4 Steps How to Manage Project Cost the Right Way

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Controlling costs surely is a very important process in project management and one of the first responses when asking people’s opinion about a project manager’s role.

Cost control certainly indeed is very important, but cost control is only a part of cost management – that should not be confused -,  and cost management will never succeed if other management areas are not taken equally care of.

In reality, cost management includes the following processes:

  1. Planning cost management,
  2. Estimating project cost,
  3. Determine project budget, and
  4. Controlling project cost.
Management Area Percentage
People’s response what a Project Manager is engaged with

What else a Project Manager has to take care about is shown in the image. The percentages are a result of a small assessment among a group of colleagues, website visitors and friends. It is difficult to classify whether cost management really is the most important part of project management. The number of different processes, which ultimately make up project management as a whole, is too great and the individual processes are too closely linked together to make such a classification.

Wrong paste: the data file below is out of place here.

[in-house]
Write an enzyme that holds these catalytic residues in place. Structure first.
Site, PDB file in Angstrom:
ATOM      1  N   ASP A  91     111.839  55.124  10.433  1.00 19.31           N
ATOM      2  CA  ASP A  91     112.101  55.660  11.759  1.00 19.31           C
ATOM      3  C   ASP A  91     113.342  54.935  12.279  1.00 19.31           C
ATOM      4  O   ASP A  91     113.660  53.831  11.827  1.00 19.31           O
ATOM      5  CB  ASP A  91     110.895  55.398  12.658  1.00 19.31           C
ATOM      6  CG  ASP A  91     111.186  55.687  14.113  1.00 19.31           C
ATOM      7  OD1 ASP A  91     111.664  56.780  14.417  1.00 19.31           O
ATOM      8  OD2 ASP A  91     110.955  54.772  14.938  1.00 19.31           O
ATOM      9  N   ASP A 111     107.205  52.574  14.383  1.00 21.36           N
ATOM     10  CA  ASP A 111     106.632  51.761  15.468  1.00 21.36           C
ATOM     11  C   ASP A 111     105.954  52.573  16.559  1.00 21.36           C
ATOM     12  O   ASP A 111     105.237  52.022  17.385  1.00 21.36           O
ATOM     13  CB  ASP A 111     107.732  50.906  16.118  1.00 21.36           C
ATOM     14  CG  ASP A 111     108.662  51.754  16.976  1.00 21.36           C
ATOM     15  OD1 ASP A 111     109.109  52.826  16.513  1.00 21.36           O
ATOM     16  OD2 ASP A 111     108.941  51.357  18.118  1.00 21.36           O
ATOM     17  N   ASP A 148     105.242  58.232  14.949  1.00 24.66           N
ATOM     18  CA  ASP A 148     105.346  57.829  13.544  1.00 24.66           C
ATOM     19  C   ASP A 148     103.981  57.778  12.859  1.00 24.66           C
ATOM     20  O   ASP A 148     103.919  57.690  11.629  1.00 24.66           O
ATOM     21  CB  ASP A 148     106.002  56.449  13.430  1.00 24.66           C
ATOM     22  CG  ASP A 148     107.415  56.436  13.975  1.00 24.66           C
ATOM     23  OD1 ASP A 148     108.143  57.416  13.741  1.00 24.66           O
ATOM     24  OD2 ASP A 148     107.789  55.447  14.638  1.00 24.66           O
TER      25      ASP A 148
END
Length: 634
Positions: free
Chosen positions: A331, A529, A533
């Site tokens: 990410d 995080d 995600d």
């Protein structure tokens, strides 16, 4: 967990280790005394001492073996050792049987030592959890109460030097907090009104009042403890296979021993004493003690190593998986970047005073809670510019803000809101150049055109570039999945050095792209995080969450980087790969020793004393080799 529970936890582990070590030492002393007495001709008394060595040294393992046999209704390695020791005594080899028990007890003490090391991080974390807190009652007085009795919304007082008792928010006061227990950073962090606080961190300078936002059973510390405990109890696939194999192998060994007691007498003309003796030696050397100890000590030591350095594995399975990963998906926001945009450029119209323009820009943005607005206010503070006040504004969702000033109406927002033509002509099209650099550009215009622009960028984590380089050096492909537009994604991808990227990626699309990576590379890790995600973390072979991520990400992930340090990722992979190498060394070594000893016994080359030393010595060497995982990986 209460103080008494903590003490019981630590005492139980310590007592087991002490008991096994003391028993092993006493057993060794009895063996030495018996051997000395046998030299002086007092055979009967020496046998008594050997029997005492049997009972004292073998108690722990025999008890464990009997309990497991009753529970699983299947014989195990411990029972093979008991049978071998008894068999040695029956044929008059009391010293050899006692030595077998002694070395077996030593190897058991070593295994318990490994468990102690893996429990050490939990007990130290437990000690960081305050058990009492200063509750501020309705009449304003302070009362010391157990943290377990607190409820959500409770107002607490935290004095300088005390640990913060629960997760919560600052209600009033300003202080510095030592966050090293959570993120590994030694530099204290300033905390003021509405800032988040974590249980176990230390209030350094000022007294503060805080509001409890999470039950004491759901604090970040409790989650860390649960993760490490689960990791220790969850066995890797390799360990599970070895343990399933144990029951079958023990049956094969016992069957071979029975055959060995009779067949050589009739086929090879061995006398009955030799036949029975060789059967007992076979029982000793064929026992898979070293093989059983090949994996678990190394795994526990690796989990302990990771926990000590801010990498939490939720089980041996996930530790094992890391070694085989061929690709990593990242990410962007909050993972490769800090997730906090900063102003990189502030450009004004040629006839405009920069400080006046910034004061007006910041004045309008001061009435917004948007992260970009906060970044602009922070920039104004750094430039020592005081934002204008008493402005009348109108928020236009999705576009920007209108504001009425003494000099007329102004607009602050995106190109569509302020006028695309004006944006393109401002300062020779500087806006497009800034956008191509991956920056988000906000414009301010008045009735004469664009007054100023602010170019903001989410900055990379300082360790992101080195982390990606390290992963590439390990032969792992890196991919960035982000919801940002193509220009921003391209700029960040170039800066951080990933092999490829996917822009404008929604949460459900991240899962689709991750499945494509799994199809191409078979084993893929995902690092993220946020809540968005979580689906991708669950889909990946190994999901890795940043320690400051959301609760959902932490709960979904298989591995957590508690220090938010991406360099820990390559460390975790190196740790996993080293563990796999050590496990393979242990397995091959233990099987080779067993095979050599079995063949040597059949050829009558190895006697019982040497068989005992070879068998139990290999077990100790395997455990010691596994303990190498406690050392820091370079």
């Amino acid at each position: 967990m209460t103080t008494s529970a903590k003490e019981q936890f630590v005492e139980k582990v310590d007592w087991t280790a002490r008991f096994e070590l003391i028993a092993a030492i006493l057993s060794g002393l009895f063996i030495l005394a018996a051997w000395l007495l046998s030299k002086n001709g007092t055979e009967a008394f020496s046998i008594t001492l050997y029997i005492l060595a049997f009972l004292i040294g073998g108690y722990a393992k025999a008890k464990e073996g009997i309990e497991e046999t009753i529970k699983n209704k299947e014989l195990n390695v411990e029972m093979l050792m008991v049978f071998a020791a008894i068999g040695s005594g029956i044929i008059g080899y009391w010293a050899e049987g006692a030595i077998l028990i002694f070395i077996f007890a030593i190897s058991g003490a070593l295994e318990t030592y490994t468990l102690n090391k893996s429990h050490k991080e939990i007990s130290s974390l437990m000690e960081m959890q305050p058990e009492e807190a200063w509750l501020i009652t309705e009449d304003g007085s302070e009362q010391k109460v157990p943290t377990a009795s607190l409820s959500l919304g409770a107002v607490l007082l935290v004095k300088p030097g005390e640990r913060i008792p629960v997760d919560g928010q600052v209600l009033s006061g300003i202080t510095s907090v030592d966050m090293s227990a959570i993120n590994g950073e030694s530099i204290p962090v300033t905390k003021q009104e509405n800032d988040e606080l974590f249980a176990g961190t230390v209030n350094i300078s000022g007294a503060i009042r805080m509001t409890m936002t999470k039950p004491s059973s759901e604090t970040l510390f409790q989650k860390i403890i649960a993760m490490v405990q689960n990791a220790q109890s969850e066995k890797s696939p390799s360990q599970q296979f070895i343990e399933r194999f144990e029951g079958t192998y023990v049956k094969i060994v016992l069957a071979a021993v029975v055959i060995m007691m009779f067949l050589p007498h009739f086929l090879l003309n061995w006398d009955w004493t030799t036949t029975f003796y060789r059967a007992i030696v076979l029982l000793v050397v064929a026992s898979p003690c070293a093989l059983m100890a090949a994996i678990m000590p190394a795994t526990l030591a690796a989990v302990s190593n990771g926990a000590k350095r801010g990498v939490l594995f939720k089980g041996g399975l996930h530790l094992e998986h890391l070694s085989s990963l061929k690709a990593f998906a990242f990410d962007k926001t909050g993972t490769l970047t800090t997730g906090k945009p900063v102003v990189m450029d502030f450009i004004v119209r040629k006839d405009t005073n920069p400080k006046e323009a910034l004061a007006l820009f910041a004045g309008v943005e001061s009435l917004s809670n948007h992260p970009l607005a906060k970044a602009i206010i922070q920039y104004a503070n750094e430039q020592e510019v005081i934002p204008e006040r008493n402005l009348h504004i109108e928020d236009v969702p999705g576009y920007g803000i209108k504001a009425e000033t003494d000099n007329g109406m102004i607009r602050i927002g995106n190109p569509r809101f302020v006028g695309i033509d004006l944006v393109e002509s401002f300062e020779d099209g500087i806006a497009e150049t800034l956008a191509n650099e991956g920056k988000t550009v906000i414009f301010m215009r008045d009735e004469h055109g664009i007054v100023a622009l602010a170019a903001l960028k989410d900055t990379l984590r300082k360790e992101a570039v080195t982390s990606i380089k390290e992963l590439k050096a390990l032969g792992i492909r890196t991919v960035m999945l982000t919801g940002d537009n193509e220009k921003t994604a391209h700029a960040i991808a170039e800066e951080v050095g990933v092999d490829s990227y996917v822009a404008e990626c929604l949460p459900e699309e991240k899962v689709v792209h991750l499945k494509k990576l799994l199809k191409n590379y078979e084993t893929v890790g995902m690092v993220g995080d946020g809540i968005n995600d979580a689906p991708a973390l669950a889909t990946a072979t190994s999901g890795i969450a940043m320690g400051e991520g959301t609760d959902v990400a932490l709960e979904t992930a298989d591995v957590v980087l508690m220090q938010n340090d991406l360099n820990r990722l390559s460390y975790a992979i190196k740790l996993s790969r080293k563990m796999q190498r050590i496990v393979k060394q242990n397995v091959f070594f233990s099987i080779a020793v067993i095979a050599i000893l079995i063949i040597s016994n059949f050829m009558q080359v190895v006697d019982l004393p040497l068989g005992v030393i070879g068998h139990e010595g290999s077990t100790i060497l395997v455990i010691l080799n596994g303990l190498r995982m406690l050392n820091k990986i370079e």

For clarification, when I write, “The project manager does ABC,” does not mean that he does it all himself, but he is responsible for it.

A problem in the construction industry is that many companies are getting the project manager on board too late. From the point of view of a construction company awarded with a contract for a certain project, the planning phase across all areas, whether cost, schedule, quality or whatever area, is often too much neglected or done incomplete or wrong. Also read my blog article about common problems in construction projects.

Companies that quote for certain projects are very much focused on making an offer and securing a contract. Such offers are often based on

  • Mountains of assumptions,
  • Historical and/or unverified data from previous projects, and
  • Missing project detail knowledge.

In this way, an offer can never come about, which in relation to the cost estimate even comes close to the later actual costs.